How to report staff mileage under SECR
How should you treat the emissions generated by employee travel, for SECR and other purposes? Here’s what you need to know.
What counts as business travel under SECR?
Staff mileage counts. If you the business has asked an employee to drive somewhere for work purposes, then the emissions generated by that journey belong to your business and should be included in your SECR calculations. A good rule for categorising journeys as “for work purposes” or not is to ask whether they are claiming back the cost of fuel from the business. If so, it’s a work trip, whether they’re speaking at a conference, travelling as a sales rep or making a one-off trip to the cash & carry.
It doesn’t matter who owns the vehicle. The employee might be driving their own car, a hire car or a company car/van, but this isn’t relevant to the question of who takes ownership of the emissions. What matters is the purpose of the journey: was it for work or not?
Commutes don’t count. If your members of staff are commuting to work by car and paying for their own petrol, you don’t have to report on the emissions arising from their commutes under SECR.
How to calculate emissions from staff mileage
You may be recording staff travel data in terms of mileage, fuel purchased, or a mix of the two. Whichever it is, you will need to calculate the associated emissions and express them in terms of carbon dioxide equivalent (CO2e) for your SECR reporting.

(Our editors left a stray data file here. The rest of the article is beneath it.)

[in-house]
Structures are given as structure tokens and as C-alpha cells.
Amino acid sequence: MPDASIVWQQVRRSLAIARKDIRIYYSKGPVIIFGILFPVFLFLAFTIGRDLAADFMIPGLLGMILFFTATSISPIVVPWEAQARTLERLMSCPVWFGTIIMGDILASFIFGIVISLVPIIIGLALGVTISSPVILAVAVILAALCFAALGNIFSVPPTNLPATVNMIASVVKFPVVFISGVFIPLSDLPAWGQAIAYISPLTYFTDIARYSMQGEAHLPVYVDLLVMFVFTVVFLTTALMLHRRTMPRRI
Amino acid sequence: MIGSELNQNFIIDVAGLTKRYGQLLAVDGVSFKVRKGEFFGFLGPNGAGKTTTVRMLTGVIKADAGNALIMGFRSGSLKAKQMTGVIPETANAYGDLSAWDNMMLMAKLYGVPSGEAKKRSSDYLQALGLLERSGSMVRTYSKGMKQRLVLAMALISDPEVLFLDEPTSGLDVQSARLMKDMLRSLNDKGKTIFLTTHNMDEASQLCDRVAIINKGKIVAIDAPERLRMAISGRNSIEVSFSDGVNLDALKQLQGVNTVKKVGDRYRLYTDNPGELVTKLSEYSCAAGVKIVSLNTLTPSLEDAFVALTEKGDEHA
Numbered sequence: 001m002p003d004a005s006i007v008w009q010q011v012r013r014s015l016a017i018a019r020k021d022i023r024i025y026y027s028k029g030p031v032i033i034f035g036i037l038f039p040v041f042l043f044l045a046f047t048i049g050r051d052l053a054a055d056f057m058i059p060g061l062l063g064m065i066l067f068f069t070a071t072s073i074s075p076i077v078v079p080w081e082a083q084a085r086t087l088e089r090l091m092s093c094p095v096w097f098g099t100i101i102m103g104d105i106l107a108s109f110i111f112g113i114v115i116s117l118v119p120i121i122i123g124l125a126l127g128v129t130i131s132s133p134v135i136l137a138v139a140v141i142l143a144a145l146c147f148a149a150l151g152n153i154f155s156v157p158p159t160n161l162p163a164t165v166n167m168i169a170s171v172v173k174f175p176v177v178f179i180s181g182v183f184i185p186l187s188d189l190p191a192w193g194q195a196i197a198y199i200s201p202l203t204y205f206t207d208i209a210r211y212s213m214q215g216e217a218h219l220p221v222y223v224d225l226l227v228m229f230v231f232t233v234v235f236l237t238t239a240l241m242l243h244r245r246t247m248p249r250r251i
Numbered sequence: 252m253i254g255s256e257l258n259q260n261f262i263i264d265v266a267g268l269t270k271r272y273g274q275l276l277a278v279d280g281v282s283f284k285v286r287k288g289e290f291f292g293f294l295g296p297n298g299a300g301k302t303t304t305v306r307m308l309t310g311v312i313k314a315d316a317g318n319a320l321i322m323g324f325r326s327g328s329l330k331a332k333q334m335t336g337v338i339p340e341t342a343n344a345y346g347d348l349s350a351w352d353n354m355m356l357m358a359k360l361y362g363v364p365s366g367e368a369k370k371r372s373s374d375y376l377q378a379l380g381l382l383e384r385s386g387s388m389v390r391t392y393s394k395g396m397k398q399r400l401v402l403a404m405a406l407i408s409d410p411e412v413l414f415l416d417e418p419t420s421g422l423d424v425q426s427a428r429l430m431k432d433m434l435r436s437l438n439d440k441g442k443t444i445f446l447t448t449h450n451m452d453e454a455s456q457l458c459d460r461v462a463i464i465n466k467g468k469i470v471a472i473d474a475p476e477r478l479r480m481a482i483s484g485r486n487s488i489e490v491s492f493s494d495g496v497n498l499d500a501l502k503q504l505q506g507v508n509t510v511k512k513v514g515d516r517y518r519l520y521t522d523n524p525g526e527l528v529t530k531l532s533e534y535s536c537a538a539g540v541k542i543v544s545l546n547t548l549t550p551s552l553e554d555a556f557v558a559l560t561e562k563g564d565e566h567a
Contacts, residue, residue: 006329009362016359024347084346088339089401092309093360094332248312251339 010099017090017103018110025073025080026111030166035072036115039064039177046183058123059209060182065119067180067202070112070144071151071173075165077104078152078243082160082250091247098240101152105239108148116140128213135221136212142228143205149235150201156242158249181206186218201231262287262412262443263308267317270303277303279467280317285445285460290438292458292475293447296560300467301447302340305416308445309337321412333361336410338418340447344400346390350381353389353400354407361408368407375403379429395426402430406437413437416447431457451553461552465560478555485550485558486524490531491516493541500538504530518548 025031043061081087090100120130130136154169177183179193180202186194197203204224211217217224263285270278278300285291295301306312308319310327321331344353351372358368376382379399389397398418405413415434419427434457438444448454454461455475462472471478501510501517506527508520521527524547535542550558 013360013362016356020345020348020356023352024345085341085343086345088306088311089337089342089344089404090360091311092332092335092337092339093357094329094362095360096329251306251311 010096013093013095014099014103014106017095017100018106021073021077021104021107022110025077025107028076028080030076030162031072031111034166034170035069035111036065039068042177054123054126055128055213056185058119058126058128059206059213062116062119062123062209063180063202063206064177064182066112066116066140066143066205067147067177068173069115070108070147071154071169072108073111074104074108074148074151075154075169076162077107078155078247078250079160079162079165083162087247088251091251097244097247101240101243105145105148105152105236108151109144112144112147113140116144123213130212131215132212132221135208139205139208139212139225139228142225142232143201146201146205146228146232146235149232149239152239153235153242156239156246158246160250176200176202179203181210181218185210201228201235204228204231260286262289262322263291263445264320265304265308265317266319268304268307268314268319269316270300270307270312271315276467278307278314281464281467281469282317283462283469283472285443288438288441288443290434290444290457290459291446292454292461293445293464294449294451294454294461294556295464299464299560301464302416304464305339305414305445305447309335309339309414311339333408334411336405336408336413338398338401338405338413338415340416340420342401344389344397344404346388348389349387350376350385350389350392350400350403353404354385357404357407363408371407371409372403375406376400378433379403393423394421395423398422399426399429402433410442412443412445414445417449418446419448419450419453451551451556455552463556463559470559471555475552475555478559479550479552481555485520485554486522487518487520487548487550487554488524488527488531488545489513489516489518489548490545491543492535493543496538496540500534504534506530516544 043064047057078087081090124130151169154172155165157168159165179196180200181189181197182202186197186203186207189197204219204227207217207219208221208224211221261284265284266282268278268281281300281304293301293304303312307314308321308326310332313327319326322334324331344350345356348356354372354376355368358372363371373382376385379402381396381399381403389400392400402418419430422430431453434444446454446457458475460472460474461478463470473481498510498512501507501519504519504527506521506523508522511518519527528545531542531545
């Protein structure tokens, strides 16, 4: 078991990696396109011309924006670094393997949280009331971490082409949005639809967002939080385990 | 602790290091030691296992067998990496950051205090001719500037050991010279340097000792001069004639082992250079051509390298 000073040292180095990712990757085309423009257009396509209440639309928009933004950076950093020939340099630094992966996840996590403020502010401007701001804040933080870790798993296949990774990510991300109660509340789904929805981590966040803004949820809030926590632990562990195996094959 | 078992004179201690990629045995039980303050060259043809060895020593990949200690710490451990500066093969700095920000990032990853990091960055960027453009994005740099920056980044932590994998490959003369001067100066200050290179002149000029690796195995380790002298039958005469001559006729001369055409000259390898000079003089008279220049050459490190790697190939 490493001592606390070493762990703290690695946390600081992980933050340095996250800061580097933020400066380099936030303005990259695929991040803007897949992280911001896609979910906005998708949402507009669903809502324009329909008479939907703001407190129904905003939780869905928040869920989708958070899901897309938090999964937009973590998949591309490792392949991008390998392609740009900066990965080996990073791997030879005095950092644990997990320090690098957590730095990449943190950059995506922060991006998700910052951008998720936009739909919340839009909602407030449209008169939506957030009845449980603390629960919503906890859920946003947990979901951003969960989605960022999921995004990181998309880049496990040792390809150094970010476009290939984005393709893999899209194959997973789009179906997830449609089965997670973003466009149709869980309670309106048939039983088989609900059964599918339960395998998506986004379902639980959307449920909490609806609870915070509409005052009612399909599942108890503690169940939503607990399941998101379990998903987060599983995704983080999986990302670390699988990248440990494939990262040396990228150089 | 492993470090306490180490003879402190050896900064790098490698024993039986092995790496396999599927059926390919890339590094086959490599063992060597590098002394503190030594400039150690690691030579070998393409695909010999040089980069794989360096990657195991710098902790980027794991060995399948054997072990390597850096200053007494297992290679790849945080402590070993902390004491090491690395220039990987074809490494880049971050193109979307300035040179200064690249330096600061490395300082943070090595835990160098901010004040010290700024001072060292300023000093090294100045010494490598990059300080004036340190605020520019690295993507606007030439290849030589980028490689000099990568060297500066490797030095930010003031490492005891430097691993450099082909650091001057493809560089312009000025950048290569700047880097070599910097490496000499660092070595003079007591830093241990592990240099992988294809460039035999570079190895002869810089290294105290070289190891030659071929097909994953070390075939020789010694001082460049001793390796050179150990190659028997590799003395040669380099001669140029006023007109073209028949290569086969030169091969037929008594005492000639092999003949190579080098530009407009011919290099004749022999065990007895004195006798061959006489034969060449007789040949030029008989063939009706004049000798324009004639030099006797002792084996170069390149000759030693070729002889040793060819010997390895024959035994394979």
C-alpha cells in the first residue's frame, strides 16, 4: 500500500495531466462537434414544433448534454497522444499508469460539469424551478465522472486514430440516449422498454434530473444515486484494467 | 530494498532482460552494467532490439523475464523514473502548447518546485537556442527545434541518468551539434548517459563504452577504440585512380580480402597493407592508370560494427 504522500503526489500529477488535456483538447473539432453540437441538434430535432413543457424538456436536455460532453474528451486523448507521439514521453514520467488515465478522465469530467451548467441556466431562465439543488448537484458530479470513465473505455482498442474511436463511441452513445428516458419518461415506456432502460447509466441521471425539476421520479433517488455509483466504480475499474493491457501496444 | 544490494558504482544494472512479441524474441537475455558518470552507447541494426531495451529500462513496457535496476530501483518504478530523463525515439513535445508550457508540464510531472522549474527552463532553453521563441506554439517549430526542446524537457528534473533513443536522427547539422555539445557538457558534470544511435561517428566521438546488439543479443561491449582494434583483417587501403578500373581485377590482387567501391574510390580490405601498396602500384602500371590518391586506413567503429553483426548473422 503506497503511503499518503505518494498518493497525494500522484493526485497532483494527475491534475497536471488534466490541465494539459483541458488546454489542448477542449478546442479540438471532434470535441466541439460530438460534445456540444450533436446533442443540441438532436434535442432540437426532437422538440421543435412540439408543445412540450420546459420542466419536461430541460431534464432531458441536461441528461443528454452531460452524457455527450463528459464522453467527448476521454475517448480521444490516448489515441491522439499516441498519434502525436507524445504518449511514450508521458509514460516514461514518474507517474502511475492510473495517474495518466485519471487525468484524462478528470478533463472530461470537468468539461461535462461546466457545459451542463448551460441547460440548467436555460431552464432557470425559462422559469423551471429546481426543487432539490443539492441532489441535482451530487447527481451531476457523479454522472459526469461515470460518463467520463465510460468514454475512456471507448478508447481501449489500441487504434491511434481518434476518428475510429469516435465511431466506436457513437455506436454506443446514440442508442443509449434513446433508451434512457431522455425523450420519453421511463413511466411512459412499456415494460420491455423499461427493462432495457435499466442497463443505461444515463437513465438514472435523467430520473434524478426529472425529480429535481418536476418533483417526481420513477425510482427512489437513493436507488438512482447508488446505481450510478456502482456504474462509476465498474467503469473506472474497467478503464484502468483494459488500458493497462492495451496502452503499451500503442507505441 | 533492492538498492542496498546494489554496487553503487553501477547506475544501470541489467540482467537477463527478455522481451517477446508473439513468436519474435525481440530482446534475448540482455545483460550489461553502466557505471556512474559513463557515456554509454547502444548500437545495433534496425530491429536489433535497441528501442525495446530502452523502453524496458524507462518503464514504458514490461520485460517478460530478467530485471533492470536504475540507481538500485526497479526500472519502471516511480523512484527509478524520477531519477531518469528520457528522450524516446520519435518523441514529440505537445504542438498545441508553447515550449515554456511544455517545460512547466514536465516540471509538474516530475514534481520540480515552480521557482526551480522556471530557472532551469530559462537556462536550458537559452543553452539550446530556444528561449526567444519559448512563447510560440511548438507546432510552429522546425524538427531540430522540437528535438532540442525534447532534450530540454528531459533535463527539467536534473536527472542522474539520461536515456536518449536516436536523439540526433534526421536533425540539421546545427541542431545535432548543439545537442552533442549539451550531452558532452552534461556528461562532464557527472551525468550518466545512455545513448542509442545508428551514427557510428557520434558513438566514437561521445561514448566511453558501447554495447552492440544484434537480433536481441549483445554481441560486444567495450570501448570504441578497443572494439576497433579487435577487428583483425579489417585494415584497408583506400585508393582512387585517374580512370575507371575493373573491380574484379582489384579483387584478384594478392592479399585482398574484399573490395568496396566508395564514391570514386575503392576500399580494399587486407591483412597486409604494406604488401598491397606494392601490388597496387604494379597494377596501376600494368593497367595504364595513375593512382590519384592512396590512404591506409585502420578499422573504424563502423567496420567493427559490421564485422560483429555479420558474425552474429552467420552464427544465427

The Department for Business, Energy and Industrial Strategy (BEIS) publishes spreadsheets giving the values for converting activity data into emissions. These conversion factor spreadsheets are updated every year to reflect the latest data.
Having data about actual fuel consumption, e.g. litres of petrol used, will make your emissions calculations slightly more accurate. Use the Fuels tab on the latest conversion factor spreadsheet for this.
An employee submits a claim for 50 litres of petrol he purchased for work travel as a sales rep. The conversion factor spreadsheet tells you that consuming one litre of 100% mineral petrol means emitting 2.33969 kg of CO2e.
So the emissions associated with the travel being claimed for would be:
50 x 2.33969 kg CO2e = 116.9845 kg CO2e (or 0.1169845 tonnes CO2e).
Having just mileage data makes your calculations somewhat less accurate, but it’s still a valid and commonly used way to record staff travel. The conversion factor spreadsheet will have a different tab giving different emissions per mile for different types of vehicle.
What about public transport and flights?
Unless your business actually operates the mode of transport used, you do not need to include the emissions from employee train, bus or plane travel in your SECR reporting. Even if the journey is made for work purposes and the business is refunding them their travel costs, you can ignore it for the purposes of SECR. (The same goes for taxis, coaches and basically any form of transport where the employee isn’t driving.)
However, if your company operates its own private jets or fleet aircraft you definitely have to report on the emissions when an employee flies using them. The same goes if you operate any trains, ships or coaches.
Going beyond the minimum
We have explained that not all transport activity relating to your business has to be reported under SECR. It is useful to know that emissions from employee commutes and business flights can be left out of your calculations. But does this give a true picture of your company’s transport emissions? If there is a company-wide plan to reduce the climate impact of the business, it is important to have a clear idea of what emissions are being generated because of activity linked to your business. This means that it may be well worth gathering this data, even if you don’t report on it. Check out our Scope 3 FAQs and also our article on how reporting your third-party emissions could have unexpected business benefits.